Sen. Scott Dibble, DFL-Minneapolis, told weekend political talk show hosts that a bill to legalize same-sex marriage will likely appear next week. Some politicos expect the bill to eventually pass and become law, others are more reserved on its prospects.

In an interview Sunday morning with WCCO’s Esme Murphy, Dibble said he’ll likely be offering the bill this week.

“Most likely this week. We are just kinda getting everything buttoned up,” Dibble said.

Murphy asked, “Do you have enough votes to pass this?”

“Well, I think we are pretty close. I have not done a hard-nosed count,” he said. “My strong sense is that, even for folks in Greater Minnesota, they are comfortable with this. It’s not really that controversial at the end of the day. It’s a very simple prospect.”

On TPT’s Almanac on Friday night, Mary Lahammer interviewed the key players behind the marriage issue.

“Is Minnesota ready to legalize same-sex marriage?” she asked Sen. Dibble.

“Yes. I think the answer to that is very clearly yes.”

Dibble said the bill would be introdiced “in probably about a week.”

“A few republicans have approched me indicating a willingness to vote for this,” Dibble said.

House Majority Leader Paul Thissen was asked during a press conference about the bill.

“We support the bill. No question about that,” but added, “I’m not going to guarantee that the bill will pass this year. That I do not know.”

Political watchers aren’t convinced that it has the votes. Hamline University political science Prof. David Schultz spoke with Esme Murphy on Saturday night on WCCO radio.

“I don’t think the Democrats have the votes to pass it at this point on a straight party line vote,” he said. “I can’t imagine there is a single Republican in the Legislature right now that would cross party lines.” He added that the only Republican that supported gay marriage, former Rep. John Kriesel, did not run for reelection.

He added, “Some people argue that were it not for the opposition to the marriage amendment, some Democrats would not have been elected in some very close races, therefore they need to push it.”

But Schultz said, “I’m not convinced the Democrats are going to move on it this year.”

But if it did pass, “Cleary once gay marriage is legal in this state it will be virtually impossible to close that door.”

He added that the US Supreme Court taking up the challenge to DOMA in March could give Democrats some cover to delay the issue.

On his blog, Schultz made the case that legalizing gay marriage could be good for Minnesota’s economy.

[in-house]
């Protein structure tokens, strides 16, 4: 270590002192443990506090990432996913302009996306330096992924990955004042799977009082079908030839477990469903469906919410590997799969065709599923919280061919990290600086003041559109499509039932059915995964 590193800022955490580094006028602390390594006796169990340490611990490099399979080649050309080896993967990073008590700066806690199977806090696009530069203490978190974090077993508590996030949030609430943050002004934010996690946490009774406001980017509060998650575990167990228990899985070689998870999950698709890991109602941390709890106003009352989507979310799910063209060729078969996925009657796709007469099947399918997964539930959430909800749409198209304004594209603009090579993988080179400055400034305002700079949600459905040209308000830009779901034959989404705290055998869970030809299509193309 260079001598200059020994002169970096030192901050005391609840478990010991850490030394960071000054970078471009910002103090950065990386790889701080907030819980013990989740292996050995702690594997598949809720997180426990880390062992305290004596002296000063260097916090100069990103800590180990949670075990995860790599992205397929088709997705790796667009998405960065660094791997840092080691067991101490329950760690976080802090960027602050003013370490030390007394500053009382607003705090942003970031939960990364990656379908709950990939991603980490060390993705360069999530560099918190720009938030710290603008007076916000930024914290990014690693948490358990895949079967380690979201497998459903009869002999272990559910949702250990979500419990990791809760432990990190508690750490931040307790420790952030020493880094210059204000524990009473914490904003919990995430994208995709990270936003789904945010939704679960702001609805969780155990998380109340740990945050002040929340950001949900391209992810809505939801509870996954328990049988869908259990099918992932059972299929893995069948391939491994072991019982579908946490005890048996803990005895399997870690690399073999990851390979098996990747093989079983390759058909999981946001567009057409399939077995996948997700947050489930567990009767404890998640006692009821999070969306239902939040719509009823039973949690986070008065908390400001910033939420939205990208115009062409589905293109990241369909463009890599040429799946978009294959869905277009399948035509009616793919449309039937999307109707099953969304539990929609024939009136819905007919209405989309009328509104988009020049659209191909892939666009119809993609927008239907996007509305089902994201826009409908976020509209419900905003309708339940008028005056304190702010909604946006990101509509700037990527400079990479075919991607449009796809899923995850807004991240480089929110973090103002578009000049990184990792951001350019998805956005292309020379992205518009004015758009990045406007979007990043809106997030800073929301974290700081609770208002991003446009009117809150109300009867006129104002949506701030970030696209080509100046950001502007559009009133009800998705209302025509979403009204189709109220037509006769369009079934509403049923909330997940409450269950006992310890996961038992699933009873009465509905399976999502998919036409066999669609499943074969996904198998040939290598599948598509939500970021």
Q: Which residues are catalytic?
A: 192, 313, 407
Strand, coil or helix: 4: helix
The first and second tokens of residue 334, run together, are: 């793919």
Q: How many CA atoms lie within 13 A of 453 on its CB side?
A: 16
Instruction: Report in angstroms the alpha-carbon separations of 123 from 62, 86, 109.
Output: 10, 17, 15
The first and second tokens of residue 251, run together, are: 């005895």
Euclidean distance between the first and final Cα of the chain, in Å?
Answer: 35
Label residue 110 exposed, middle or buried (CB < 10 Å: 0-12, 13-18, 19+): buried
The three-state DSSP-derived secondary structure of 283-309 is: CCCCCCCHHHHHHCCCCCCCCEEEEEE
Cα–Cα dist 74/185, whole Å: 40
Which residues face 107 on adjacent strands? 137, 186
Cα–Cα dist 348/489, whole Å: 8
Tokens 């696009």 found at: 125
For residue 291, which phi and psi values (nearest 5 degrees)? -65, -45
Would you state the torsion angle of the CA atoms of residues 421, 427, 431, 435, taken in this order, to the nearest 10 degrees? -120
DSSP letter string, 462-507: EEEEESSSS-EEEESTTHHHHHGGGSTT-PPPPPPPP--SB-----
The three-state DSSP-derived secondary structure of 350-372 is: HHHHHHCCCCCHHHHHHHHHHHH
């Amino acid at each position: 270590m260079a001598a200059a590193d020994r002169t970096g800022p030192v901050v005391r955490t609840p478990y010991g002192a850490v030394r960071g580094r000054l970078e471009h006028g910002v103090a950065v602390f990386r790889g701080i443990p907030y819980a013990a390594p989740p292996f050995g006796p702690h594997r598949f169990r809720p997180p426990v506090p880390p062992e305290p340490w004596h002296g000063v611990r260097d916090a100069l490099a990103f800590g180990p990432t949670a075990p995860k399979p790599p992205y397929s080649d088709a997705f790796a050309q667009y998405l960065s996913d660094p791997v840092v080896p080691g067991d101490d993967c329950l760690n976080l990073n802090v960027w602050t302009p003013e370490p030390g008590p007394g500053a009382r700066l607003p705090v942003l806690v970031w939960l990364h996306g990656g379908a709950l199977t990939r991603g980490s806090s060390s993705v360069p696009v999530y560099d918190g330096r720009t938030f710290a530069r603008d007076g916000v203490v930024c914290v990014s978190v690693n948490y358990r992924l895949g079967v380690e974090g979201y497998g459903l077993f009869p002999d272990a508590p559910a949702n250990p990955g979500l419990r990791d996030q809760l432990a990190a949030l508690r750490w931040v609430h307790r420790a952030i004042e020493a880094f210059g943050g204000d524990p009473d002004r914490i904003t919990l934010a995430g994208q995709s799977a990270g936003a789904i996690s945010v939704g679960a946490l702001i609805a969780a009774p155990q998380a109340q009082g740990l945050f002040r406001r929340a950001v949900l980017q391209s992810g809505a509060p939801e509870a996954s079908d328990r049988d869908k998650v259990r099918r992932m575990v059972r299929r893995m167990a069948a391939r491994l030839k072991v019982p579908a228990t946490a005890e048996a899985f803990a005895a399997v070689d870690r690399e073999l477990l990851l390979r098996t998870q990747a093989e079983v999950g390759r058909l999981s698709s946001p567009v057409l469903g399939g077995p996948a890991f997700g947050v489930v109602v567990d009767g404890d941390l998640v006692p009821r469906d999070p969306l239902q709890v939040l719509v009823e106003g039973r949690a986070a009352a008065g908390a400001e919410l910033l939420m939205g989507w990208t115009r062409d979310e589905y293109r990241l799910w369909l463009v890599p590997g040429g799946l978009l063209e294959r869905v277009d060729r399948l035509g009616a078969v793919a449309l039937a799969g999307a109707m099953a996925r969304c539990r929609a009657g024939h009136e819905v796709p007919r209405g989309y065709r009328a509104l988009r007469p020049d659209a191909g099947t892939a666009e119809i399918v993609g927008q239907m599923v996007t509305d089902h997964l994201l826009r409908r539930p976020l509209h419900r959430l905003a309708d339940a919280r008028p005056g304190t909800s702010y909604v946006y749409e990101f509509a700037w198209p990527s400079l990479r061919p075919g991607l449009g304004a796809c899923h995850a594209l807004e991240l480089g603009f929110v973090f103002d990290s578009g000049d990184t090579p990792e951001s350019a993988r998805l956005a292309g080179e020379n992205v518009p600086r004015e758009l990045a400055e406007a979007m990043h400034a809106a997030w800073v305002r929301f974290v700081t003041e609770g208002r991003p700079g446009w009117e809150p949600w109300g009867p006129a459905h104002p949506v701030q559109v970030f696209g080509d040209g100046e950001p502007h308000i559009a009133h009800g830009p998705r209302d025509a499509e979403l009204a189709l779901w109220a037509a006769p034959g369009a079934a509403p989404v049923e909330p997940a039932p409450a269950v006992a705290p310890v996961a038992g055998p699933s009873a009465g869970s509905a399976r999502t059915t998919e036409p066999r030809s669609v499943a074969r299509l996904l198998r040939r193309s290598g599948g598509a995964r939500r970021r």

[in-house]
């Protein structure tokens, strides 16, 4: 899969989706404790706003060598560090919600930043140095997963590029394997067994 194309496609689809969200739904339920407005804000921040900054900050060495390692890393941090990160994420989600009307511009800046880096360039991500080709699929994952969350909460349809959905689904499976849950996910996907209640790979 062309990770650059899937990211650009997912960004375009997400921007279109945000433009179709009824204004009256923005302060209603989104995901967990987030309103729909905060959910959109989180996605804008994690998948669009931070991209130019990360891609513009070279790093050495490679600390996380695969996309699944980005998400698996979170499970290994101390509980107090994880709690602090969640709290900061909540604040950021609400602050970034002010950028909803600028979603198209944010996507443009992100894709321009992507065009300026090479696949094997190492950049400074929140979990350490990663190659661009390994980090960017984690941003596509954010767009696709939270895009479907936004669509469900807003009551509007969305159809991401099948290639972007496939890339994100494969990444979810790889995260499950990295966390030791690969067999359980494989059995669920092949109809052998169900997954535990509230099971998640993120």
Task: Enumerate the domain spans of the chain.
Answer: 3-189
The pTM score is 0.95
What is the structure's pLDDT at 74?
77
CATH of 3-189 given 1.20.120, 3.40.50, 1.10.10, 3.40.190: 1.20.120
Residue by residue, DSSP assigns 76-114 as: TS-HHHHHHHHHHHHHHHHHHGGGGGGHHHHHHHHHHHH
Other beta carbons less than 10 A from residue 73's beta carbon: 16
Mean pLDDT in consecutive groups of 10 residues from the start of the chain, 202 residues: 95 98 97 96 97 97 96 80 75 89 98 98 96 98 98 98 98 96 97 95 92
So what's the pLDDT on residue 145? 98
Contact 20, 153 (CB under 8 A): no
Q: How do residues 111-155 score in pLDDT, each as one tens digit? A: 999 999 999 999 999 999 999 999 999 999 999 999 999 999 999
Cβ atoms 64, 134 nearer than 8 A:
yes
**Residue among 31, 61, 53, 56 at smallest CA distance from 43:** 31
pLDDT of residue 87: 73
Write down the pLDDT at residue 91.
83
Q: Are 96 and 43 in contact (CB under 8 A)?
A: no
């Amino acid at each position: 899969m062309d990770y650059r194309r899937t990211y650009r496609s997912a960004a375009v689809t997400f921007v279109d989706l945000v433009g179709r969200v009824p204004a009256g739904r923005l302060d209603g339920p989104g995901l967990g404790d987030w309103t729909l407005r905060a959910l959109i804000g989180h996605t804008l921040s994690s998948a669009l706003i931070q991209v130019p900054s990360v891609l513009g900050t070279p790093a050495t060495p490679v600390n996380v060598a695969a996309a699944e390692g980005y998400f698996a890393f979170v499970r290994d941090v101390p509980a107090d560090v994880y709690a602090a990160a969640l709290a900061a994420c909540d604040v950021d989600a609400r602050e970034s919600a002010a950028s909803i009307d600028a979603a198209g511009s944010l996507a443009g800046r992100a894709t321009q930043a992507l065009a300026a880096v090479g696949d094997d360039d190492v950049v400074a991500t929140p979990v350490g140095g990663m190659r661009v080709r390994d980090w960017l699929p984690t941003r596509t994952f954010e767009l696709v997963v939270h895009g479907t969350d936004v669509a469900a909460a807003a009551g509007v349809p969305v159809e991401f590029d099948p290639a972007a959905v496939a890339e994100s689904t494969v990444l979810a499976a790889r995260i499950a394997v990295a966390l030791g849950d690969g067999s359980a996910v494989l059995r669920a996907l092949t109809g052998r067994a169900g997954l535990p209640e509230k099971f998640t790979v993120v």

“Legalizing gay marriage in Minnesota and across the country is ethically correct thing to do,” he wrote. “Were Minnesota to legalize gay marriage the economy would benefit both in direct and indirect ways.”

Sen. John Marty, DFL-Roseville, has been a champion of marriage equality for years. He wrote on his blog that he thinks the bill will pass:

I am confident that we will pass marriage equality legislation this session. Some would rather that we postpone the issue for a few years, but justice requires that we provide equality for LGBT families, and that we do so now.

Human rights for any minority should never be subject to popular opinion. Even so, the legislators who believed it should be determined by a statewide vote, got their way. And they lost.

We will pass legislation allowing all Minnesotans to marry the person they love – not because the majority rejected the amendment last fall – but because it is the right thing to do. The point here is that the opponents can no longer claim to have strong backing from the public.

The conversation about marriage equality that began last year in communities around the state helped build understanding of the value of all families. Passing legislation to allow marriage for all couples will not stop this conversation. Year after year, Minnesotans will continue gaining understanding and respect for those who are different from us.

Now, we can act. This year, we will finally give all Minnesotans the freedom to marry the person they love. And that’s a beautiful thing.

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